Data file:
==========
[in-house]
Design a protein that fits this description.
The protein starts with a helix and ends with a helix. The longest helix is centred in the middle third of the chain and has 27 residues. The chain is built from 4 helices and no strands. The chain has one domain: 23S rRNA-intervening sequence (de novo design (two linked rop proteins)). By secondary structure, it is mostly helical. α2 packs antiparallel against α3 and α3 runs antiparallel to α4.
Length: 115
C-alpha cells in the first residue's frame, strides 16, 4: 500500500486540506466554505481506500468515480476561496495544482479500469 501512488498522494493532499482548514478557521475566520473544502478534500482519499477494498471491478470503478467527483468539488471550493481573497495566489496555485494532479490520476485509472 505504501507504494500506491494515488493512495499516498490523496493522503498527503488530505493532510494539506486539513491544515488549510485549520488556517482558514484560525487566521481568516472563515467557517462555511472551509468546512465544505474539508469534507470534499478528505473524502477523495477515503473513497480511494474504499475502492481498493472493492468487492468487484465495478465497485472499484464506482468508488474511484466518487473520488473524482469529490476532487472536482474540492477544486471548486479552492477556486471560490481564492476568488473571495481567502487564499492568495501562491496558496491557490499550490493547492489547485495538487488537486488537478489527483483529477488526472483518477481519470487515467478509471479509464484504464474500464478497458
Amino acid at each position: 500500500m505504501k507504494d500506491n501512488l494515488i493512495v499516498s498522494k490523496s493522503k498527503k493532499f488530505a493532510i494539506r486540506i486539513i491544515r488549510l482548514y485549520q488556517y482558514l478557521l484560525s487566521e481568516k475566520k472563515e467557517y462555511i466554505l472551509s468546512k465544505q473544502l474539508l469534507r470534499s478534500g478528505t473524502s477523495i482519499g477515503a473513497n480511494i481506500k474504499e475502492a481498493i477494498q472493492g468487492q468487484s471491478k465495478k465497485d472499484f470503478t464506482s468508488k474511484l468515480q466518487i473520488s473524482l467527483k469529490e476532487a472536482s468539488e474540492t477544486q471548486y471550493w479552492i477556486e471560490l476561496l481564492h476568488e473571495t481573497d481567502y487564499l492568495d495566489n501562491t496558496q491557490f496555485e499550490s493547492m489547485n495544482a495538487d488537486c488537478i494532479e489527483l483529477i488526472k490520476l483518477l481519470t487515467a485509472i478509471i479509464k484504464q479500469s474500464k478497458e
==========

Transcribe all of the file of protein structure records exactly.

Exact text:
[in-house]
Design a protein that fits this description.
The protein starts with a helix and ends with a helix. The longest helix is centred in the middle third of the chain and has 27 residues. The chain is built from 4 helices and no strands. The chain has one domain: 23S rRNA-intervening sequence (de novo design (two linked rop proteins)). By secondary structure, it is mostly helical. α2 packs antiparallel against α3 and α3 runs antiparallel to α4.
Length: 115
C-alpha cells in the first residue's frame, strides 16, 4: 500500500486540506466554505481506500468515480476561496495544482479500469 501512488498522494493532499482548514478557521475566520473544502478534500482519499477494498471491478470503478467527483468539488471550493481573497495566489496555485494532479490520476485509472 505504501507504494500506491494515488493512495499516498490523496493522503498527503488530505493532510494539506486539513491544515488549510485549520488556517482558514484560525487566521481568516472563515467557517462555511472551509468546512465544505474539508469534507470534499478528505473524502477523495477515503473513497480511494474504499475502492481498493472493492468487492468487484465495478465497485472499484464506482468508488474511484466518487473520488473524482469529490476532487472536482474540492477544486471548486479552492477556486471560490481564492476568488473571495481567502487564499492568495501562491496558496491557490499550490493547492489547485495538487488537486488537478489527483483529477488526472483518477481519470487515467478509471479509464484504464474500464478497458
Amino acid at each position: 500500500m505504501k507504494d500506491n501512488l494515488i493512495v499516498s498522494k490523496s493522503k498527503k493532499f488530505a493532510i494539506r486540506i486539513i491544515r488549510l482548514y485549520q488556517y482558514l478557521l484560525s487566521e481568516k475566520k472563515e467557517y462555511i466554505l472551509s468546512k465544505q473544502l474539508l469534507r470534499s478534500g478528505t473524502s477523495i482519499g477515503a473513497n480511494i481506500k474504499e475502492a481498493i477494498q472493492g468487492q468487484s471491478k465495478k465497485d472499484f470503478t464506482s468508488k474511484l468515480q466518487i473520488s473524482l467527483k469529490e476532487a472536482s468539488e474540492t477544486q471548486y471550493w479552492i477556486e471560490l476561496l481564492h476568488e473571495t481573497d481567502y487564499l492568495d495566489n501562491t496558496q491557490f496555485e499550490s493547492m489547485n495544482a495538487d488537486c488537478i494532479e489527483l483529477i488526472k490520476l483518477l481519470t487515467a485509472i478509471i479509464k484504464q479500469s474500464k478497458e